Document Detail

Occipital lobe seizures as the major clinical manifestation of reversible posterior leukoencephalopathy syndrome: magnetic resonance imaging findings.
MedLine Citation:
PMID:  9578048     Owner:  NLM     Status:  MEDLINE    
PURPOSE: Reversible posterior leukoencephalopathy syndrome (RPLS) is an increasingly recognized brain disorder most commonly associated with malignant hypertension, toxemia of pregnancy, or the use of immunosuppressive agents. When associated with acute hypertension, RPLS typically occurs concurrently with the fulminant clinical syndrome of hypertensive encephalopathy. We describe occipital lobe seizures, in the setting of only moderate elevations of blood pressure, as the major clinical manifestation of RPLS. METHODS: Two patients from the Dent Neurologic Institute are presented with clinical and magnetic resonance imaging (MRI) correlation. RESULTS: New onset secondarily generalized occipital seizures were noted, with MRI findings consistent with RPLS. Both of the patients had chronic renal failure and a moderate acute exacerbation of chronic hypertension. Other features of hypertensive encephalopathy were lacking, such as headache, nausea, papilledema, and an altered sensorium. Magnetic resonance imaging (MRI) showed edematous lesions primarily involving the posterior supratentorial white matter and corticomedullary junction, consistent with RPLS. With lowered blood pressure, the MRI lesions resolved and the patients became seizure-free without requiring chronic anticonvulsant therapy. CONCLUSIONS: Occipital seizures may represent the only major neurologic manifestation of RPLS due to acute hypertension, especially in patients with renal failure. Other evidence of hypertensive encephalopathy, such as cerebral signs and symptoms, need not be present. Blood pressure elevations may be only moderate. Early recognition of this readily treatable cause of occipital seizures may obviate the need for extensive, invasive investigations. Despite the impressive lesions on MRI, prompt treatment of this disorder carries a favorable prognosis.
R Bakshi; V E Bates; L L Mechtler; P R Kinkel; W R Kinkel
Related Documents :
9040728 - Longitudinal change in basal ganglia volume in patients with huntington's disease.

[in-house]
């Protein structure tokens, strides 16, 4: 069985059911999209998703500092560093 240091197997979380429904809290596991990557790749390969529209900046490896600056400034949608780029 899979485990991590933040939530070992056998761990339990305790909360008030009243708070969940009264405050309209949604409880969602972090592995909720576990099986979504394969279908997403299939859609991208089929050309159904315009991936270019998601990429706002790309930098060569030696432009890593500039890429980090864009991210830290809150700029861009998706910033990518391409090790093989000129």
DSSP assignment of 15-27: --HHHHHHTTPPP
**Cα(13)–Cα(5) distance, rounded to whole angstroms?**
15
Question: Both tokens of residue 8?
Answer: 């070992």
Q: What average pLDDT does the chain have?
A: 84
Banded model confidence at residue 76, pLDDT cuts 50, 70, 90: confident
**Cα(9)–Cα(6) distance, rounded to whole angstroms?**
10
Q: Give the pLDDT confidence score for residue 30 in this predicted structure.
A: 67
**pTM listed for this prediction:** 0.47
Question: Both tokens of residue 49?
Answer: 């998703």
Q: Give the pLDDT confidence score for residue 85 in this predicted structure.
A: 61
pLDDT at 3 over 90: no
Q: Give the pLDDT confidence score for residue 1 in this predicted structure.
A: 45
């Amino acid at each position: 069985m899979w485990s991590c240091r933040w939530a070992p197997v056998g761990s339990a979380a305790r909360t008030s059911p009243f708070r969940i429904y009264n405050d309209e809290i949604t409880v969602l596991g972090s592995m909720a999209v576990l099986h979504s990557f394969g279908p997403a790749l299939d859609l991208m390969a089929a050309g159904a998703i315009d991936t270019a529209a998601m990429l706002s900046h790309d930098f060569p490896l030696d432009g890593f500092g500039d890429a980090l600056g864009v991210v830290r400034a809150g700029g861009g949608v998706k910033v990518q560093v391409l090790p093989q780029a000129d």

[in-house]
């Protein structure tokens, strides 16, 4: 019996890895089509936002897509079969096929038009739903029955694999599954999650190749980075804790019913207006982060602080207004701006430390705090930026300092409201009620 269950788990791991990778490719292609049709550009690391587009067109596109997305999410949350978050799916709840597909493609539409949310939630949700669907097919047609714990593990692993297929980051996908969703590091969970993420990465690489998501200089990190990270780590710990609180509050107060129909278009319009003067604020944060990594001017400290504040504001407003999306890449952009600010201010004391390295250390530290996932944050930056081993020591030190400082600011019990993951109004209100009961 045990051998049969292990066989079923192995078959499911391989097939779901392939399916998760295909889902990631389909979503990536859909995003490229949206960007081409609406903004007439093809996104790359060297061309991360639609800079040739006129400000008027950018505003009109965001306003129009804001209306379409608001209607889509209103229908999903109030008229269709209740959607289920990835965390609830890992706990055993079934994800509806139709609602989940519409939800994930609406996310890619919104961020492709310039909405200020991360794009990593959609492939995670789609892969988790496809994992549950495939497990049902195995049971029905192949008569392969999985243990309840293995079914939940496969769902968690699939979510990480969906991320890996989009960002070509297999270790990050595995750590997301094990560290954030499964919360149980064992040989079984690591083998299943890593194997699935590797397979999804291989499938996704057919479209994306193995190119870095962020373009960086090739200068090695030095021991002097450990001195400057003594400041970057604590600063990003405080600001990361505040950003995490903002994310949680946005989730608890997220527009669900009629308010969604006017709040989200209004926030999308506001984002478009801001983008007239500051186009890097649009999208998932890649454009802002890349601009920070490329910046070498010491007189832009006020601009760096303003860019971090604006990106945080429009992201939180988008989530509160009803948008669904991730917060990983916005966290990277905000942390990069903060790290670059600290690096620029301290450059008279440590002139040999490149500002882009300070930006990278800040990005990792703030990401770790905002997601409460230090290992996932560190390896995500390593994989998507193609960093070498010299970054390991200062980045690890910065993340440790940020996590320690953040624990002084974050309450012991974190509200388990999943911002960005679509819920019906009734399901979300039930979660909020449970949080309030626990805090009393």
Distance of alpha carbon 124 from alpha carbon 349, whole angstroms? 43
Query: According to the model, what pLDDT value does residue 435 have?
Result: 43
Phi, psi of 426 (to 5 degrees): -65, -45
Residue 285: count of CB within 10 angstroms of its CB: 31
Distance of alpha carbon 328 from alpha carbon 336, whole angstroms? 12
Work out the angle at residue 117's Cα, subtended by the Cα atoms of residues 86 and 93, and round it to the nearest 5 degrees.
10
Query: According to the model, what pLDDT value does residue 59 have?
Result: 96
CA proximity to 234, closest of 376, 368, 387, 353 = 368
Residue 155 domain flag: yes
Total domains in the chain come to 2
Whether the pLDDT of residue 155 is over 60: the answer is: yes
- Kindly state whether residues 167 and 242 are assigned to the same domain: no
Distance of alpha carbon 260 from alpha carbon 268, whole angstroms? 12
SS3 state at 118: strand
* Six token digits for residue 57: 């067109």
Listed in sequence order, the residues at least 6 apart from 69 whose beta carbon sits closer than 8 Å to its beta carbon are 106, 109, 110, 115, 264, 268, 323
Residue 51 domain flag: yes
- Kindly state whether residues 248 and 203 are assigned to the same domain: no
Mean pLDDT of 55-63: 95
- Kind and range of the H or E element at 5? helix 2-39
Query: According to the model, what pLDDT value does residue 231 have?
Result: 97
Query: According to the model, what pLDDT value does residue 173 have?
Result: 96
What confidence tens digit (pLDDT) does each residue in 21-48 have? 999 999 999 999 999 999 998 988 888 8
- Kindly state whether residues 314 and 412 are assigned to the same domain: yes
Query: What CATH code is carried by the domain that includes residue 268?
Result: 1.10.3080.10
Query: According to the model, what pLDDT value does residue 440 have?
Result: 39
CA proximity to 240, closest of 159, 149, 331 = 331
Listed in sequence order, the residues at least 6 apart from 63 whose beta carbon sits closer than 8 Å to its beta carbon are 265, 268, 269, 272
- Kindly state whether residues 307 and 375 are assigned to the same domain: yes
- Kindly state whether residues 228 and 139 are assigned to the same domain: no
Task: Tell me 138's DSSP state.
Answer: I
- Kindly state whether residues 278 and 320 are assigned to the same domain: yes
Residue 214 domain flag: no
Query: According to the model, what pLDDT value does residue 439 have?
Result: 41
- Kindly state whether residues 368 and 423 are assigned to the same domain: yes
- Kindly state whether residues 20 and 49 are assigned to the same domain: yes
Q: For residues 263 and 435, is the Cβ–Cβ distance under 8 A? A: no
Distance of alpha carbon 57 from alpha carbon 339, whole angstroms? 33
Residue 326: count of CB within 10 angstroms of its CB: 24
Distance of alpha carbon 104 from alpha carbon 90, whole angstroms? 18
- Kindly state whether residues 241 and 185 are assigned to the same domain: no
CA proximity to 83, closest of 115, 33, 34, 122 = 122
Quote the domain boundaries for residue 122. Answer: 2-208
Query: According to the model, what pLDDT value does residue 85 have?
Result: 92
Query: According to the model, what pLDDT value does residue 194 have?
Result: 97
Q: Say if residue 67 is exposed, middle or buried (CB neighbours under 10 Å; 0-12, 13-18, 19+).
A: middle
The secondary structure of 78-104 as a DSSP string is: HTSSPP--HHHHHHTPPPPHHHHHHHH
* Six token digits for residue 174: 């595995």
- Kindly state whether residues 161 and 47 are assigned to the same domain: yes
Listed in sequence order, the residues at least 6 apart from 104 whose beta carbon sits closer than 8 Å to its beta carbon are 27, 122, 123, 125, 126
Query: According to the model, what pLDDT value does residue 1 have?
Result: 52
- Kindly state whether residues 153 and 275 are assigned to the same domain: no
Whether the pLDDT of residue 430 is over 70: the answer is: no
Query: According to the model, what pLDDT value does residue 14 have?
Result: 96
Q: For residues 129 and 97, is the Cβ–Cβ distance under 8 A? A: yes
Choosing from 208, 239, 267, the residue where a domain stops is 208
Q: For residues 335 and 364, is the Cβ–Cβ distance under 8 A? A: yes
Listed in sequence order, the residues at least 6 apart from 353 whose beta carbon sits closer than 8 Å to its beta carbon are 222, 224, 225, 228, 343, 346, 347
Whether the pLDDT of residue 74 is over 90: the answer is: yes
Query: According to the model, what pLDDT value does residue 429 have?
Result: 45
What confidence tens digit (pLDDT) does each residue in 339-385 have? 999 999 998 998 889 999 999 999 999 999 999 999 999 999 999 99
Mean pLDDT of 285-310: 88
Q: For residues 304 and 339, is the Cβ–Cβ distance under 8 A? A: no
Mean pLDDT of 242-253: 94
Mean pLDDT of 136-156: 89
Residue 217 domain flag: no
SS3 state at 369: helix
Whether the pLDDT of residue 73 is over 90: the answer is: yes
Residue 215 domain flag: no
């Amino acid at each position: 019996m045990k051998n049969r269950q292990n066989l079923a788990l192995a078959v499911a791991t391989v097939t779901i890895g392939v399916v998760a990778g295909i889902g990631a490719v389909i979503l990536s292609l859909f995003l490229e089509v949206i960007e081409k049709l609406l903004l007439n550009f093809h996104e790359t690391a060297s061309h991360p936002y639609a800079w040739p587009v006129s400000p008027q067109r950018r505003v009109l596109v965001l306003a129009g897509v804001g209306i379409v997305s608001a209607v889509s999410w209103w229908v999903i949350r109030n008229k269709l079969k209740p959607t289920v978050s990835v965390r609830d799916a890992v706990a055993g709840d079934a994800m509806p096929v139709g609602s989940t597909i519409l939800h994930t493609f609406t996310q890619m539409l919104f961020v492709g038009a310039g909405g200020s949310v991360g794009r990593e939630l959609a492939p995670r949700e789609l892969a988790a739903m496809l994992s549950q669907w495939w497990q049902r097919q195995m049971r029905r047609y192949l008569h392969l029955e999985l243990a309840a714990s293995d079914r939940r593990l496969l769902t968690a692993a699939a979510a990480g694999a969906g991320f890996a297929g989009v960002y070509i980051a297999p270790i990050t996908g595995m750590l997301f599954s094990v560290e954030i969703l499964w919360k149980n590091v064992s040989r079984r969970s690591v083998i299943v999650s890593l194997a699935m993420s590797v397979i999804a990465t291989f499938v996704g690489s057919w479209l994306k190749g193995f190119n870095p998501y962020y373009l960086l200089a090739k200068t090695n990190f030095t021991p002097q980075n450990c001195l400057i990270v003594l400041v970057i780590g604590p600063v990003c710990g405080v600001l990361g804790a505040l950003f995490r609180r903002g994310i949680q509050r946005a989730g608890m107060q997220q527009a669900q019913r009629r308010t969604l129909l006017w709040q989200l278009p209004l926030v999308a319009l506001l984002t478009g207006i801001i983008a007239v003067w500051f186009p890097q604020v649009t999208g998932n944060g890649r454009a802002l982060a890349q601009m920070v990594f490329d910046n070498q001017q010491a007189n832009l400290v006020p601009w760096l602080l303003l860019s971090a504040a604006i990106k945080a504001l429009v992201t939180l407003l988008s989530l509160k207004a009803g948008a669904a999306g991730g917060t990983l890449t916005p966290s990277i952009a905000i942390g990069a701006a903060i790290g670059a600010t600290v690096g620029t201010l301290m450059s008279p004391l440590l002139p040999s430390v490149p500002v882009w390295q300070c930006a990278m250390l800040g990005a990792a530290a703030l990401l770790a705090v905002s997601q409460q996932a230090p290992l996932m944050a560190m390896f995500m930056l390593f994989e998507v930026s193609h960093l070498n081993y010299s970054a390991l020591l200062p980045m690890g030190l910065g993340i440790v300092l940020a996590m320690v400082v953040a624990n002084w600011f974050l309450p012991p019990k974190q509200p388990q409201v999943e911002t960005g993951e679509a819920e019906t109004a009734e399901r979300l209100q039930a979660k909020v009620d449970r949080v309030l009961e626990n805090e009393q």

1487348 - The significance of diagnostic imaging in acute and chronic brain damage in boxing. a p...
7579758 - Acute wernicke's encephalopathy associated with hyperemesis gravidarum: magnetic resona...
23508528 - Prediction of selective serotonin reuptake inhibitor response using diffusion-weighted ...
23873238 - Measurement of blood perfusion in spinal metastases with dynamic contrast-enhanced mri:...
23942608 - Mayer-rokitansky-kuster-hauser syndrome: diagnosis with mr imaging.
Publication Detail:
Type:  Case Reports; Journal Article; Research Support, Non-U.S. Gov't    
Journal Detail:
Title:  Epilepsia     Volume:  39     ISSN:  0013-9580     ISO Abbreviation:  Epilepsia     Publication Date:  1998 Mar 
Date Detail:
Created Date:  1998-05-22     Completed Date:  1998-05-22     Revised Date:  2006-11-15    
Medline Journal Info:
Nlm Unique ID:  2983306R     Medline TA:  Epilepsia     Country:  UNITED STATES    
Other Details:
Languages:  eng     Pagination:  295-9     Citation Subset:  IM    
Dent Neurologic Institute, Department of Neurology, University at Buffalo, State University of New York School of Medicine and Biomedical Sciences, USA.
Export Citation:
APA/MLA Format     Download EndNote     Download BibTex
MeSH Terms
Brain / pathology
Brain Diseases / diagnosis*,  pathology,  physiopathology
Epilepsy, Generalized / diagnosis,  physiopathology
Hypertension, Malignant / diagnosis*,  physiopathology
Magnetic Resonance Imaging*
Middle Aged
Occipital Lobe / pathology,  physiopathology*
Comment In:
Epilepsia. 1998 Dec;39(12):1381-3   [PMID:  9860079 ]

From MEDLINE®/PubMed®, a database of the U.S. National Library of Medicine

Previous Document:  Buccal absorption of midazolam: pharmacokinetics and EEG pharmacodynamics.
Next Document:  Celiac disease, bilateral occipital calcifications and intractable epilepsy: mechanisms of seizure o...